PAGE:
Domestic violence categories under fire
Two-tier system means many cases are not properly followed up, says women's group
The police system for classifying domestic violence cases may be abetting family tragedies rather than preventing them, a women's group says.
The Association for the Survivors of Women Abuse said yesterday the police categories of "domestic violence" - which warrants urgent follow-up - and "domestic incident" - which doesn't - meant many marginal cases were being ignored.
The group was commenting after Friday's bloodbath in Shau Kei Wan, in which a woman, 34, and her two children were killed, allegedly by her mainland boyfriend - the children's father. The man, 39, is under arrest.
Consultant Chung Yuen-yi said the woman had sought help, but the case was classified as a "domestic incident" and was not immediately followed up on.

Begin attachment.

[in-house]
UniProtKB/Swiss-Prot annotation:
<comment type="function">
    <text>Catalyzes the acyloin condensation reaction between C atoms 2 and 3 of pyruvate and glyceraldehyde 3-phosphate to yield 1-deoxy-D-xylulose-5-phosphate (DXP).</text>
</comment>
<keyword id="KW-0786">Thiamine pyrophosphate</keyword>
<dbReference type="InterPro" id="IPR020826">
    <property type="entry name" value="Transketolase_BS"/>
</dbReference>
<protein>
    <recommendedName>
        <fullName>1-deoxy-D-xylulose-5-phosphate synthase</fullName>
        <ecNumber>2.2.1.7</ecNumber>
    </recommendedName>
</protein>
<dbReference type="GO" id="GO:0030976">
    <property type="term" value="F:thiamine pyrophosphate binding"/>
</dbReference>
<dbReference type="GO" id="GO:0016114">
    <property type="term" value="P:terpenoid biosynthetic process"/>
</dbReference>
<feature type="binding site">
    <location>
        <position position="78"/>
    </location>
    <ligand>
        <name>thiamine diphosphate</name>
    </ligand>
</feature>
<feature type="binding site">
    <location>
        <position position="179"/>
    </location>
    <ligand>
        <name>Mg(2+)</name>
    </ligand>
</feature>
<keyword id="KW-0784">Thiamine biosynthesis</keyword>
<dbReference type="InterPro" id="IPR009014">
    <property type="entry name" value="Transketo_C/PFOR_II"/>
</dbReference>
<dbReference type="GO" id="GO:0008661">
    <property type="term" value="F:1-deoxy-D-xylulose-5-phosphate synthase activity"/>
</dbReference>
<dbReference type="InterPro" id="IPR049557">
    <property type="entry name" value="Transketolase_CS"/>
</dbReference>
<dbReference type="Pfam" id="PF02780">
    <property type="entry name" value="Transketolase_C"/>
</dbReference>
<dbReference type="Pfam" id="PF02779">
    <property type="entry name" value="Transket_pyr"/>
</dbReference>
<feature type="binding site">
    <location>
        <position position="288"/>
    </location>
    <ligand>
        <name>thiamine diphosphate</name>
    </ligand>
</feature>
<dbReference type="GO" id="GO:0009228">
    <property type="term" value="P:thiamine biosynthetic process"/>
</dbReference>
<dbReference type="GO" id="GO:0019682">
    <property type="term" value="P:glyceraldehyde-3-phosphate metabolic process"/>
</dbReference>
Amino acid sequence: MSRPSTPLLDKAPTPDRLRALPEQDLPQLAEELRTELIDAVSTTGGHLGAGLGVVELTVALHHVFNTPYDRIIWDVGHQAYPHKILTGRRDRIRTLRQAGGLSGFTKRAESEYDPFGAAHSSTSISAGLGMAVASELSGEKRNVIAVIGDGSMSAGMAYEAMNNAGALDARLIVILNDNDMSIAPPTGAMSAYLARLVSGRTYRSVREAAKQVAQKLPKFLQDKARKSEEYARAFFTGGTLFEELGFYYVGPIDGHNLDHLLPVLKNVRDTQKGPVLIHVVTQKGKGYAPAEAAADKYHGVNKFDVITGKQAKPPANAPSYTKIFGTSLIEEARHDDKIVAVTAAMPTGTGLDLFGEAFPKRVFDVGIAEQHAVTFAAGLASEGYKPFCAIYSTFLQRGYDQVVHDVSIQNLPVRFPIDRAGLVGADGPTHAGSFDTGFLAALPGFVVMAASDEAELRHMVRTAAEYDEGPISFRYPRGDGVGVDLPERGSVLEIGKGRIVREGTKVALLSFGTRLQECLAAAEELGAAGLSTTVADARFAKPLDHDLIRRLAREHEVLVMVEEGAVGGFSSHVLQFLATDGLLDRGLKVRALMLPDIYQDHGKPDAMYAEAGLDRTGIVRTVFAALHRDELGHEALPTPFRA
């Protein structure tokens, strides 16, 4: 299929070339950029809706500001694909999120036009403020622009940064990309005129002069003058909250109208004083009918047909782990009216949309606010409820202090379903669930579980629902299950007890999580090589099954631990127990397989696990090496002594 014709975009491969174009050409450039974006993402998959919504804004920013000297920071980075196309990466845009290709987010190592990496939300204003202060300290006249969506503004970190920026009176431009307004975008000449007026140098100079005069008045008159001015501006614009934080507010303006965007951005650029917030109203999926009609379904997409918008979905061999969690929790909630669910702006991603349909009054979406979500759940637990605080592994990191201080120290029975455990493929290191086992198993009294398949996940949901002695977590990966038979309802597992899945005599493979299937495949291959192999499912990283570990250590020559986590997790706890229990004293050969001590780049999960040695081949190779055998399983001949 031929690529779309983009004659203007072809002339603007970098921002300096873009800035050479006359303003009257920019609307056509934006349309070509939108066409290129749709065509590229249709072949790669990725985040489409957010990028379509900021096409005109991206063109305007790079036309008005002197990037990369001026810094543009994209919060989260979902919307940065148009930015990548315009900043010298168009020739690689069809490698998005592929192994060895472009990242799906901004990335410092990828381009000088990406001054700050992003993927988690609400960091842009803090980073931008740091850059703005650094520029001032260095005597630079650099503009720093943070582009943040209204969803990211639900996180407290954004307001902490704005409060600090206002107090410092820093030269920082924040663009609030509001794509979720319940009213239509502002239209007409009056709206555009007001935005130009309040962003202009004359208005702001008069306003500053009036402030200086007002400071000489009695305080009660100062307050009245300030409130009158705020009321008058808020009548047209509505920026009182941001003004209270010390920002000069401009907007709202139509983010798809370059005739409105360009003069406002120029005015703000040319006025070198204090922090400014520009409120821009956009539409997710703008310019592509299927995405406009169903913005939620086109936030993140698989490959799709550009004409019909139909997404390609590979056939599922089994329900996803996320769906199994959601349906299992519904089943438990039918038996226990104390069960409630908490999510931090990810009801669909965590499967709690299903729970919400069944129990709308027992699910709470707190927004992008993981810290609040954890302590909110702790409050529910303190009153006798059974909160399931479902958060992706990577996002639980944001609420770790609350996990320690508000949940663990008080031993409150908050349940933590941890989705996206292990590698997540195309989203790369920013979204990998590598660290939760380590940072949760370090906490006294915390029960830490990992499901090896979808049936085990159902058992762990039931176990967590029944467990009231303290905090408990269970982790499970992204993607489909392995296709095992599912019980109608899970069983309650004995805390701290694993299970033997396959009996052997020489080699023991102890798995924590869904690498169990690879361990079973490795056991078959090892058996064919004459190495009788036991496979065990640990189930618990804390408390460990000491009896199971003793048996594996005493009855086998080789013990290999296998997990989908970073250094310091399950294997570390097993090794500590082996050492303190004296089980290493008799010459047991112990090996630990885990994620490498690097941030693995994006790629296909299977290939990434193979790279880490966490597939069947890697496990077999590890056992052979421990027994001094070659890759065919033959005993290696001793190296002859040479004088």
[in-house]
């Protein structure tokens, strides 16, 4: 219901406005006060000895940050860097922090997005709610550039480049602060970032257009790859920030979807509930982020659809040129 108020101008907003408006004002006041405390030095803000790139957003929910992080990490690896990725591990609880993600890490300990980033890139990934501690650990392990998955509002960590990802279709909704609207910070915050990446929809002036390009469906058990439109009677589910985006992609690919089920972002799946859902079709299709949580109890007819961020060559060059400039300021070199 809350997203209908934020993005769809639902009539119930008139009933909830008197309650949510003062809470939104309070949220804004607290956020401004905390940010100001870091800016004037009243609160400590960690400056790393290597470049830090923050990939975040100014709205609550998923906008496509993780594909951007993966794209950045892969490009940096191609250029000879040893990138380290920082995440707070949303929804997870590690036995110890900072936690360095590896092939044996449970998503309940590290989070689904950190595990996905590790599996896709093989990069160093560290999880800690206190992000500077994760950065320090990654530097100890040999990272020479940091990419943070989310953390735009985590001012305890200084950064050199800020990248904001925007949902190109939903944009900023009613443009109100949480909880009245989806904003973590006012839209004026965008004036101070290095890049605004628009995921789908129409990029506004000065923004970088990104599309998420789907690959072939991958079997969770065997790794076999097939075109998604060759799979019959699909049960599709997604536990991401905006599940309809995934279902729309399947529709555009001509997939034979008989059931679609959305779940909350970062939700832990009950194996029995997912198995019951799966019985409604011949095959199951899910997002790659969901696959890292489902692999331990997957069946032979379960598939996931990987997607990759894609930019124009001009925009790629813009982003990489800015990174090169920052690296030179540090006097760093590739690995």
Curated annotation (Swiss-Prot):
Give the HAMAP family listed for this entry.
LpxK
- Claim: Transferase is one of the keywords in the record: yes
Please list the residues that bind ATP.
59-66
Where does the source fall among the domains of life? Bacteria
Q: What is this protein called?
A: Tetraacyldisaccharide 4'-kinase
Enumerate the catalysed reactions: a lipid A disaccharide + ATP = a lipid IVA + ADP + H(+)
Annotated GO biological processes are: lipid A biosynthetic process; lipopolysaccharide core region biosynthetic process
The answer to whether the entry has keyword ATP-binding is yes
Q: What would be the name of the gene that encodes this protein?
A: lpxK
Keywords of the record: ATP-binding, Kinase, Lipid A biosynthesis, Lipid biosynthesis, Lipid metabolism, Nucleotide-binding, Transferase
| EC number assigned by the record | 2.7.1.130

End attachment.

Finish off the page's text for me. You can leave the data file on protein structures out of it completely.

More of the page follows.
"If I call the police, it's definitely because I feel my personal safety is being threatened. If it's just a minor quarrel between husband and wife, no one would bother calling," she said.
Committee member Xu Mei-qiong said the government had failed to stop similar domestic tragedies even after accepting 12 recommendations from an inquest into the stabbing and chopping deaths of a Tin Shui Wai family of four in 2004.
"It has been nine years but it hasn't learnt a lesson ," Xu said. "It has always underestimated domestic violence."
She urged the Social Welfare Department to increase its vigilance over domestic violence cases to prevent family tragedies from happening.
A police spokeswoman said a sergeant or higher level officer would be at the scene of domestice violence and the police would gauge whether there was a need for follow-up services from the Social Welfare Department.
A spokeswoman for the department said it regularly provided training to its frontline social workers.